HOUSTON (Nov. 21)
The movement that was the first to welcome intermarried families into its synagogues nearly three decades ago now will focus on actively inviting non-Jews to convert to Judaism. That was one of the initiatives announced by Rabbi Eric Yoffie, president of the Union for Reform Judaism, during his Shabbat sermon at the movement’s 68th biennial here.
More than 4,200 Reform Jews from 504 congregations in nine countries, most from the United States, attended the four-day event at the George R. Brown Convention Center, which most recently sheltered thousands of Gulf Coast evacuees from Hurricane Katrina.
Hurricane relief, aid to Sudanese refugees in Darfur and opposition to the Iraq war were other major topics at the conference.
The atmosphere at the biennial was decidedly upbeat, reflecting the confidence of what the 2000-2001 National Jewish Population Survey pronounced the country’s largest Jewish stream.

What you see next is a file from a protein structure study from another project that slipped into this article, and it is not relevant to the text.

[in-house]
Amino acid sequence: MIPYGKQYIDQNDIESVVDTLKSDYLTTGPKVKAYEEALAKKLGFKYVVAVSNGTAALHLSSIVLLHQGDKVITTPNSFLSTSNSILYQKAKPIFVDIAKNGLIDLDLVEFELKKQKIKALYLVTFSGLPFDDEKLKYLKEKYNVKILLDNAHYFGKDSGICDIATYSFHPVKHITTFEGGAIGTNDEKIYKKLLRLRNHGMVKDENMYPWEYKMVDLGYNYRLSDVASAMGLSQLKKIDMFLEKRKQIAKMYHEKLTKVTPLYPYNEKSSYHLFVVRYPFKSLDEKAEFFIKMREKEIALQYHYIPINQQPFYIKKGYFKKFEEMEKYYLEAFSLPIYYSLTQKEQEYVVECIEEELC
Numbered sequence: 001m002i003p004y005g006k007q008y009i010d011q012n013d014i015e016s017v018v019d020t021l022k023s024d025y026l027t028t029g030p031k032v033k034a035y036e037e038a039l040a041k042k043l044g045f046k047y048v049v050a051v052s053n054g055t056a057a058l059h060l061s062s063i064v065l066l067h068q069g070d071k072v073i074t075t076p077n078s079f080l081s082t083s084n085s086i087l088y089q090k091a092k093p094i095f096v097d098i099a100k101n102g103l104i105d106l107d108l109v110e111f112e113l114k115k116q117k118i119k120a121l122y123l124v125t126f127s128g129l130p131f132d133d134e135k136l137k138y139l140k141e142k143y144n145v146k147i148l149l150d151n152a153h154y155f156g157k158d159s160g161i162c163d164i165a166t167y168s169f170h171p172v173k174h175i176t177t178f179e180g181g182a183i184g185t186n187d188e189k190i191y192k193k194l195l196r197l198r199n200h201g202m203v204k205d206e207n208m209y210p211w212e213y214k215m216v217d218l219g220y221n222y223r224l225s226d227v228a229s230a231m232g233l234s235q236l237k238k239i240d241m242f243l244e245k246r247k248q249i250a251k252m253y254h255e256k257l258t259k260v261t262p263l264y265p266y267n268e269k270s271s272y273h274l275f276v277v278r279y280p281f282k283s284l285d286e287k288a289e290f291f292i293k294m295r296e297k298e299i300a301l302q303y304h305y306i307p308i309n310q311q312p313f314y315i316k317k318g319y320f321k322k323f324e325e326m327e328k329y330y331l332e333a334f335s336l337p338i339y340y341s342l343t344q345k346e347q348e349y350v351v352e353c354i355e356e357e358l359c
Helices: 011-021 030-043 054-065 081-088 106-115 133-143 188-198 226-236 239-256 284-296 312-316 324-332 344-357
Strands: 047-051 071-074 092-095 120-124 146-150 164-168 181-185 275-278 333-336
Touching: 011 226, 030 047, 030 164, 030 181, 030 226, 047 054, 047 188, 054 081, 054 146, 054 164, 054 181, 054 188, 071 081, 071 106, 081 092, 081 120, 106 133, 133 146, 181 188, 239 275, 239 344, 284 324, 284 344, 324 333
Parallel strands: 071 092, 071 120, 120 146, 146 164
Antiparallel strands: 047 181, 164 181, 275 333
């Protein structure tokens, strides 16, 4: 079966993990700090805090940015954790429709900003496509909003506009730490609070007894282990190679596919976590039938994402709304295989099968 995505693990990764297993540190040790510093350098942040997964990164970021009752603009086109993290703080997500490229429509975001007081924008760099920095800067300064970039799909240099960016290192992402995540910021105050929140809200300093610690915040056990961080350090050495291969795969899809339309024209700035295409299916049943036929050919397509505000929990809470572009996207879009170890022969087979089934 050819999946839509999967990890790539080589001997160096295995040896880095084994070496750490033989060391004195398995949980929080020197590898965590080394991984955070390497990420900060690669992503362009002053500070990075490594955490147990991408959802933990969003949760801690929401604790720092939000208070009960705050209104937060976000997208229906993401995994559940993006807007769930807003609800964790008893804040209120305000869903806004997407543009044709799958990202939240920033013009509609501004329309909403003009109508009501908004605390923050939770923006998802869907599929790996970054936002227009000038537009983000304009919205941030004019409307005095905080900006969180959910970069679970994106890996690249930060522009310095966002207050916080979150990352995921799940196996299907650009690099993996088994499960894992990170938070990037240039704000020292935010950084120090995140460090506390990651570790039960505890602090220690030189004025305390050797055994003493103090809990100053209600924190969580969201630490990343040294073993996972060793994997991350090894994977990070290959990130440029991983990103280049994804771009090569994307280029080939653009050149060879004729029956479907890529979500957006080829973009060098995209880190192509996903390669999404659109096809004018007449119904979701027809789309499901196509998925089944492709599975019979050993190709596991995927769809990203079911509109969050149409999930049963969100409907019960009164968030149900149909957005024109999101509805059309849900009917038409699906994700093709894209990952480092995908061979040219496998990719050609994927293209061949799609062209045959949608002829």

Addressing a Shabbat breakfast meeting of Reform rabbis, cantors and educators, sociologist Steven Cohen, a research professor at Hebrew Union College-Jewish Institute of Religion, said the Reform movement is the institution best placed to lead the American Jewish community.
“The federation system has abdicated,” he said, “the Conservative movement doesn’t have the wherewithal or the confidence” and the “Orthodox have become sectarian,” Cohen said.
No one in the room disagreed with his analysis.
Neither did Rabbi David Ellenson, president of the Hebrew Union College.
“There is an affinity between the ideals marking Reform Judaism — inclusion, pluralism, the individual search for meaning — and the sensibilities that mark most non-Orthodox Jews in the United States,” he said.
Referring to the 20 percent of American Jews who have never affiliated with a synagogue, he said, “if any movement is going to address these people and bring them into the synagogue, it’s the Reform movement.”
That confidence was evident in Yoffie’s Shabbat sermon, in which he urged Reform congregations to find tangible ways to honor non-Jewish members who are raising Jewish children, while not shying away from suggesting that these non-Jews convert.